One could only admire his tremendous stamina and application
over the years. He found time – he made time.
It is very difficult to pay adequate tribute to Canon Kruger
– but the short curriculum vitae speaks for itself. He
was, in the kindest possible sense, a complex person. Given
his early years one might suspect that he would be academic,
removed and aloof. Nothing could be further from the truth,
he wore his learning lightly and all his work was pastorally
He was a private person, reticent about himself – above
all reticent about his achievements, but at the same time he
was outgoing, generous, understanding and above all extremely
charitable. He invited trust and confidence, was a wise councellor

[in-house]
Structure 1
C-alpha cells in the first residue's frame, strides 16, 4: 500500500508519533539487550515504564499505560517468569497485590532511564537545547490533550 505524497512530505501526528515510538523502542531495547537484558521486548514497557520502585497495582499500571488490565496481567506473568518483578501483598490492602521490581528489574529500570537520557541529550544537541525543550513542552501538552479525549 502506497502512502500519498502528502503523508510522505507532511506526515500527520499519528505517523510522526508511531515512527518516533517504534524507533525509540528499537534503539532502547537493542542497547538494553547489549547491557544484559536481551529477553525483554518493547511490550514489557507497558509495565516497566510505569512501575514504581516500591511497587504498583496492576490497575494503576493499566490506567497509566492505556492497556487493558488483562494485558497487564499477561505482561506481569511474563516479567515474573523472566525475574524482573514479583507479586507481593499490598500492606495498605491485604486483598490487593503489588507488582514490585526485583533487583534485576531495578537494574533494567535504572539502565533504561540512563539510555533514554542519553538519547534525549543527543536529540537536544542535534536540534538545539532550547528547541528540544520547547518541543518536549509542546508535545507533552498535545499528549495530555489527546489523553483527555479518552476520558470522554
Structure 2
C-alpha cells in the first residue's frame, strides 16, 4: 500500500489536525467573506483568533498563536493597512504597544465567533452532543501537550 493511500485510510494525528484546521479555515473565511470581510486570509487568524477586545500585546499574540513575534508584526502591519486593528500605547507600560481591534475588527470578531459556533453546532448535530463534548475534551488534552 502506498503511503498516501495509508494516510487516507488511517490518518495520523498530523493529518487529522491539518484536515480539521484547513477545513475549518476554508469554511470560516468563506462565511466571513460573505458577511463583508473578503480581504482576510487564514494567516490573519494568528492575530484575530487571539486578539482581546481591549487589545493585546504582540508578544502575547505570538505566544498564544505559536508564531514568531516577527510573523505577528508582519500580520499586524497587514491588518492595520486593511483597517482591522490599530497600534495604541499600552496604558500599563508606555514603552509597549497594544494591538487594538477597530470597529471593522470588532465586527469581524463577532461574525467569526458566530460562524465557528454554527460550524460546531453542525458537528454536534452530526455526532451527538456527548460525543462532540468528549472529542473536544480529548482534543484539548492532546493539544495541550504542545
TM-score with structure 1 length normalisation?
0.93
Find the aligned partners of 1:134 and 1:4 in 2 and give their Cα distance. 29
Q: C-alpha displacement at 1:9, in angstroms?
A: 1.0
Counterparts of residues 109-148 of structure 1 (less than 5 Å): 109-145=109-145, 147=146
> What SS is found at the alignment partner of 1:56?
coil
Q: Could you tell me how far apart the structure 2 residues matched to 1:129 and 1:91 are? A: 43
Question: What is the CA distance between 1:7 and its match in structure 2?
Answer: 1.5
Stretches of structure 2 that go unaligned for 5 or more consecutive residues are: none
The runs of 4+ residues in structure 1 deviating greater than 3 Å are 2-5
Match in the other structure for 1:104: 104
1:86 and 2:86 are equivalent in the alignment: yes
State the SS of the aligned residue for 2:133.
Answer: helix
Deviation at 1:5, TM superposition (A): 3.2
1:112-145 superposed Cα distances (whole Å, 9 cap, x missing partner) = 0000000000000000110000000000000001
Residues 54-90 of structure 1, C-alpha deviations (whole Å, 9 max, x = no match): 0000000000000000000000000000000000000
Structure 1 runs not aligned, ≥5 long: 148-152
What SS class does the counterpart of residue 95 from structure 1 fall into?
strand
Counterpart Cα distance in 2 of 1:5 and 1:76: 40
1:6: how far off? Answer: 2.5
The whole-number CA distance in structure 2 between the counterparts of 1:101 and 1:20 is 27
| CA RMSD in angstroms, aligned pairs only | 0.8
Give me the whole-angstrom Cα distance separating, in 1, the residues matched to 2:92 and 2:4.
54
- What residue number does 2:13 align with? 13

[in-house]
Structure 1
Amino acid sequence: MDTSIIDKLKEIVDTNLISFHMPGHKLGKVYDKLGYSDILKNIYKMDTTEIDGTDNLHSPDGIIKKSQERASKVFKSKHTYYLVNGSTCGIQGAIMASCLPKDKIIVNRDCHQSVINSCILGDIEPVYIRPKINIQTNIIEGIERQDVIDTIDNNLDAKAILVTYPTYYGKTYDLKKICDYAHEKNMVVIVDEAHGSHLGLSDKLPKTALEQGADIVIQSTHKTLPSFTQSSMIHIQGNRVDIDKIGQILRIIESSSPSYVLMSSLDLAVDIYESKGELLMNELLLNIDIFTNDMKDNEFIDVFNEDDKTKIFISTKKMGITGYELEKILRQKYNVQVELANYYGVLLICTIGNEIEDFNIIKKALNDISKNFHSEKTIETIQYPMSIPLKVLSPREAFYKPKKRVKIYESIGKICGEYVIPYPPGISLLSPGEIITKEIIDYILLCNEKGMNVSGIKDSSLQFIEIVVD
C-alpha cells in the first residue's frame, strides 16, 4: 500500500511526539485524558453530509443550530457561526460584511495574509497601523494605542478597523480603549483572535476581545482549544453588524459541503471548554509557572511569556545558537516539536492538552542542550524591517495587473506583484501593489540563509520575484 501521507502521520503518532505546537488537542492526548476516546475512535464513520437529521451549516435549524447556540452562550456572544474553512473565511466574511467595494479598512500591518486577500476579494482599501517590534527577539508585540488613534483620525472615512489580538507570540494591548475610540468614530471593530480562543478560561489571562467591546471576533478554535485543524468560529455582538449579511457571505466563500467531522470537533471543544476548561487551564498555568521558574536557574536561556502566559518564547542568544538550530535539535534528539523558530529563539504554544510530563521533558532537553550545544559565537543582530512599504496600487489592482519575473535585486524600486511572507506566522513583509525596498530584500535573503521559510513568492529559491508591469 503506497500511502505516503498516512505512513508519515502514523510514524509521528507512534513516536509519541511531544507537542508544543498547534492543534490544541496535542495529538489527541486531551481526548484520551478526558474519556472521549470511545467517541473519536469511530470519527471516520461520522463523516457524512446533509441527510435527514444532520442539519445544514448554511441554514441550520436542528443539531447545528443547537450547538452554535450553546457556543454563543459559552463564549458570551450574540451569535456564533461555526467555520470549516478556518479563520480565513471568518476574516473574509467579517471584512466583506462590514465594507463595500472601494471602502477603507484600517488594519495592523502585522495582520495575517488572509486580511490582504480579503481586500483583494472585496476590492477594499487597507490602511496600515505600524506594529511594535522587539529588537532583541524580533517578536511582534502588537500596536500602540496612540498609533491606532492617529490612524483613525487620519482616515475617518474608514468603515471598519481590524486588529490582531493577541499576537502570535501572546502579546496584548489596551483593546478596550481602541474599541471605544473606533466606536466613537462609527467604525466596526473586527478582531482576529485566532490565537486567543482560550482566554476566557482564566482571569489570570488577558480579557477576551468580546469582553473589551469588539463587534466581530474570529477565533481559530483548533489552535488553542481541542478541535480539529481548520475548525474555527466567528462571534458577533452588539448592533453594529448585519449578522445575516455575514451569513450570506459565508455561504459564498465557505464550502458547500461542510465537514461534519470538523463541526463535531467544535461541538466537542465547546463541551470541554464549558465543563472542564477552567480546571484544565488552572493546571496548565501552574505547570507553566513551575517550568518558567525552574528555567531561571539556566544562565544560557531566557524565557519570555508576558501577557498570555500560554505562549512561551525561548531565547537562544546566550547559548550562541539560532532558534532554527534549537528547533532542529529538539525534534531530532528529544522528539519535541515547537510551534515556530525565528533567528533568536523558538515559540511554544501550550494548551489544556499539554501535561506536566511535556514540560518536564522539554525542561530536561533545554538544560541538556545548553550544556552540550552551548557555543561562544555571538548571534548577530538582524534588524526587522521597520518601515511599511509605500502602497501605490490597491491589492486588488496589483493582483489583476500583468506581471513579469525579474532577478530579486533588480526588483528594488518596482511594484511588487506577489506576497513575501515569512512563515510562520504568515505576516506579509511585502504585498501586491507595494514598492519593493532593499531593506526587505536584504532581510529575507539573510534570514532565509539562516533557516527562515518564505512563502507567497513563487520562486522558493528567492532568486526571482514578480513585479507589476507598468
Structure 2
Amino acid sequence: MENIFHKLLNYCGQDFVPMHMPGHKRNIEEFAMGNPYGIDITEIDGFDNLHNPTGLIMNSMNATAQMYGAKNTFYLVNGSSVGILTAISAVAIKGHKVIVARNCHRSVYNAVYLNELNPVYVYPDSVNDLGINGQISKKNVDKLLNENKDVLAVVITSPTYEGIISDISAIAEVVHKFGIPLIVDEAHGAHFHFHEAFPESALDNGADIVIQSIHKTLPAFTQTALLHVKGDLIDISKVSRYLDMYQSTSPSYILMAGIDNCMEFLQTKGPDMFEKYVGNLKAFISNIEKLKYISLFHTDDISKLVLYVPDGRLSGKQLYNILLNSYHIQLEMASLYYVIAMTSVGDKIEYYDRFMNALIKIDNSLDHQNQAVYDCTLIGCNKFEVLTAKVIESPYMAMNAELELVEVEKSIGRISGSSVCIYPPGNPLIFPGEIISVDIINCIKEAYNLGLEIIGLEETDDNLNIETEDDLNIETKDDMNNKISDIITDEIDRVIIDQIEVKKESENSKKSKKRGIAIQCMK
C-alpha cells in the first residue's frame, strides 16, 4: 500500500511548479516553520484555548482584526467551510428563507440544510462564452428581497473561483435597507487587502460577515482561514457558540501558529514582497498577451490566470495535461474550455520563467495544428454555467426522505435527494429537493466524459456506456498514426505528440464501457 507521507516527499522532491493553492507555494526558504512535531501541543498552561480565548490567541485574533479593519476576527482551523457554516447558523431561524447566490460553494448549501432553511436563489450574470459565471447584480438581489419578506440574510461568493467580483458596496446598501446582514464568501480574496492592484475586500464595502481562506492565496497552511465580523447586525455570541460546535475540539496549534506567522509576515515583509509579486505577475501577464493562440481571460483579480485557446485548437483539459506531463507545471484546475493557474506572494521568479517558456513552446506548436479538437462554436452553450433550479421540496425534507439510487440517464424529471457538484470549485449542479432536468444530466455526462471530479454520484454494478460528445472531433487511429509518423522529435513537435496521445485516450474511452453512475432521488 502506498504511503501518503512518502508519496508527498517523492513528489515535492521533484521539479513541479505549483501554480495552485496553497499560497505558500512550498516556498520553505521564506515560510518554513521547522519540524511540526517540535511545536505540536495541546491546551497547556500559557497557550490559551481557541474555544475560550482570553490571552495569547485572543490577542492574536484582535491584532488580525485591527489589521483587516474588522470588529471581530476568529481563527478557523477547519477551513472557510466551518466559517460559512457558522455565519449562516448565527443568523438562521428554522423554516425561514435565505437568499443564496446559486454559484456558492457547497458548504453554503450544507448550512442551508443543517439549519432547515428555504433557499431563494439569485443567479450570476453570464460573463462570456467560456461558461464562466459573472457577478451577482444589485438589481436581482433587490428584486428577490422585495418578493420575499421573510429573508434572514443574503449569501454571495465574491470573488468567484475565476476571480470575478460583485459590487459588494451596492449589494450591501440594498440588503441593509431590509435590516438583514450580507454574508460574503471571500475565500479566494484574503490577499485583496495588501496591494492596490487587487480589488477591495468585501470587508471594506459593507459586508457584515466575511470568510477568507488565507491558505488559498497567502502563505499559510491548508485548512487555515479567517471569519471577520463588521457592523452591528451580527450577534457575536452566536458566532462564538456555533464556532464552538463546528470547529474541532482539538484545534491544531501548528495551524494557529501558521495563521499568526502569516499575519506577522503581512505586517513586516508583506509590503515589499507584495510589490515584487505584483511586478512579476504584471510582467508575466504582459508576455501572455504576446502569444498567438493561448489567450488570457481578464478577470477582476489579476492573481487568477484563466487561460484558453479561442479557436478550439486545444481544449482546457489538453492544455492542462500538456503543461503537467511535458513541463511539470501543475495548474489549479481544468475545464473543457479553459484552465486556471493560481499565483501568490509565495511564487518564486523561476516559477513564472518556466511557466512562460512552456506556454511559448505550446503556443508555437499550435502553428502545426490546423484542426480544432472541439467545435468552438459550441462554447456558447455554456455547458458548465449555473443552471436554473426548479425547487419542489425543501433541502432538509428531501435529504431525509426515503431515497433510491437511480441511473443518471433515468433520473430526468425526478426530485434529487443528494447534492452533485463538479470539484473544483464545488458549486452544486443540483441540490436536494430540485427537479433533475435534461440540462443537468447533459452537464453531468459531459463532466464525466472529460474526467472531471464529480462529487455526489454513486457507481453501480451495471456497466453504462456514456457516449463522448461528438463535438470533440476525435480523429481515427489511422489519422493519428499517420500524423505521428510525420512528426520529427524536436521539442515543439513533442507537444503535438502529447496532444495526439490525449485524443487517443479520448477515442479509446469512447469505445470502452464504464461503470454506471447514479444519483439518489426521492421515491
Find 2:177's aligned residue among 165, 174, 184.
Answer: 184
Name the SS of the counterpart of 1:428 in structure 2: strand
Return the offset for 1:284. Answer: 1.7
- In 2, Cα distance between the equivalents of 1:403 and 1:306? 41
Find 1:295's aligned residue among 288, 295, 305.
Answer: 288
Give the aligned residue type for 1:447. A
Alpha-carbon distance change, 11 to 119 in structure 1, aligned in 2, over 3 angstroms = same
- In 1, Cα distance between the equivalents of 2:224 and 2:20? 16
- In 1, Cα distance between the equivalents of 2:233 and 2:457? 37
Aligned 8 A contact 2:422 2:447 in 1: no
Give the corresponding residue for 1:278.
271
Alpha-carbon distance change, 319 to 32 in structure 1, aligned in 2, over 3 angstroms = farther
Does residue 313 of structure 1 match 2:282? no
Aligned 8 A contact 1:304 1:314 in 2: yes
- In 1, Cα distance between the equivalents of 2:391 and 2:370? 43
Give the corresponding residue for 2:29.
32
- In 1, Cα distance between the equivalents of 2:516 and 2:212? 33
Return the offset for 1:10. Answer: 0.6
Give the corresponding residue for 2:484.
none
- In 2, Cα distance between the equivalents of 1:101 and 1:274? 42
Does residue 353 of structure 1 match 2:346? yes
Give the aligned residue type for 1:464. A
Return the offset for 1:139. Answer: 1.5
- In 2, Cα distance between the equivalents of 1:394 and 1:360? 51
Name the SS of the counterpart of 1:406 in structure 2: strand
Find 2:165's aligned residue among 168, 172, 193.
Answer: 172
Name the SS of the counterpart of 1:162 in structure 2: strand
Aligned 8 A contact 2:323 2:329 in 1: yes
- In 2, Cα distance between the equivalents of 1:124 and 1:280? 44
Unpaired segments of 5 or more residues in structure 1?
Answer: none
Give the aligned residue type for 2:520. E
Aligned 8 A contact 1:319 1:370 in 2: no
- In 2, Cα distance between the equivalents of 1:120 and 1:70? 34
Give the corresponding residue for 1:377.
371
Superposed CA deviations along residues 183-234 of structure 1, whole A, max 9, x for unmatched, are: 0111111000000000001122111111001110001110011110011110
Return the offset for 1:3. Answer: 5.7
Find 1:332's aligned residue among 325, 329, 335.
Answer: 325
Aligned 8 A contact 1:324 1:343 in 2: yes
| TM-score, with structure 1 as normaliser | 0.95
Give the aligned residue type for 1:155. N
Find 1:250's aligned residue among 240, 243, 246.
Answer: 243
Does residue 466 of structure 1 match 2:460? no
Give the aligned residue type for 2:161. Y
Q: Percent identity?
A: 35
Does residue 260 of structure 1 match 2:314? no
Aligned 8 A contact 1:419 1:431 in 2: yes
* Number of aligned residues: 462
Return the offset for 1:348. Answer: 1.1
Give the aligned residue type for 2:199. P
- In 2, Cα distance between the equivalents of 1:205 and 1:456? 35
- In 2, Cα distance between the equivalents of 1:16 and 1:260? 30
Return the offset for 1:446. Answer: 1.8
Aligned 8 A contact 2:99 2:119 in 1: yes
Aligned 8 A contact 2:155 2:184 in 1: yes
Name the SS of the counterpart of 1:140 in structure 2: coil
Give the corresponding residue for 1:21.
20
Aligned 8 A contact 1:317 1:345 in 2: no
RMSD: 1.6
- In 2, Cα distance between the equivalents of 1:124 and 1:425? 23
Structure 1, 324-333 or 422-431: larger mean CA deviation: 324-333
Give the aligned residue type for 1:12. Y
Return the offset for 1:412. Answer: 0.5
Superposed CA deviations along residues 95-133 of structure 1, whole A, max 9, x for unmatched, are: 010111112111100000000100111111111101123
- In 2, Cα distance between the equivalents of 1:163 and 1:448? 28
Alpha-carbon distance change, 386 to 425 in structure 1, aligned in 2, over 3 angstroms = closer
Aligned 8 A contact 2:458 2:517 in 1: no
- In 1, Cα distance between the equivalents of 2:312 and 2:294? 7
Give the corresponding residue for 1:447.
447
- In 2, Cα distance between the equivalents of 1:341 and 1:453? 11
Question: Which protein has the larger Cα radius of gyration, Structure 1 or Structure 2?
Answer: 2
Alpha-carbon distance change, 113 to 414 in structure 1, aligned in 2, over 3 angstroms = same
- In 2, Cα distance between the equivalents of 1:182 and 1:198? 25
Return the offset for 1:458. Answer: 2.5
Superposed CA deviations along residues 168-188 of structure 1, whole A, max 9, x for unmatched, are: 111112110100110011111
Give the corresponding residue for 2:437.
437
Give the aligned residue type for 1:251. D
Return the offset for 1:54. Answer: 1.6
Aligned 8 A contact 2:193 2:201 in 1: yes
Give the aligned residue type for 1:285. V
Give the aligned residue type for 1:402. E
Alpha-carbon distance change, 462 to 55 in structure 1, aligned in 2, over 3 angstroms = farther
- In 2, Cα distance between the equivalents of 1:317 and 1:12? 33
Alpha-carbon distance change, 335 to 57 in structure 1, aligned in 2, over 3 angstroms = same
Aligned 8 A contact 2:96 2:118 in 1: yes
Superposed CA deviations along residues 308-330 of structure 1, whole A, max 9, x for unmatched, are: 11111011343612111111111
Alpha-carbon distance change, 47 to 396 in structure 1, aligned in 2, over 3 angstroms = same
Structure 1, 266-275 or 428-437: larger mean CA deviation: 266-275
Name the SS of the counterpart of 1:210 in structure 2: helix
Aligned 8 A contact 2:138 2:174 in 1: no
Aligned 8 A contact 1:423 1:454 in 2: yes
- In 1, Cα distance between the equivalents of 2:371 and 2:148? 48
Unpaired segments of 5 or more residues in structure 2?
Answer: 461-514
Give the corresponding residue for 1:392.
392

as we know and much loved by all who knew him. One always left
his company enriched and enhanced.
His dedication and his application to his priestly work and
the efficiency which he carried out all that he undertook or
was asked to undertake – these were there for all to see,
things that even he could not hide.
When one thinks of Canon Kruger it is one who had definitely
had decided his priorities and who lived out his life undeviatingly
according to those priorities. He had chosen to follow Our Lord
in the priesthood and whatever else he may have been, he was
first last and foremost a priest and no-one was ever allowed
to forget that fact. Throughout his life he burdened himself
with only that which was necessary for his priestly work –
all his work was priestly work. In his death the age old adage
was fulfilled ‘repentina mors, sacerdotis sors’
– sudden death is the lot of the priest.
His last wish of all of us is expressed in the final words of
his very short will: ‘pray for me, a poor sinner.’"
Eulogy by kind permission of The Scottish
Catholic Directory, 1990 edition, page 403 - 405.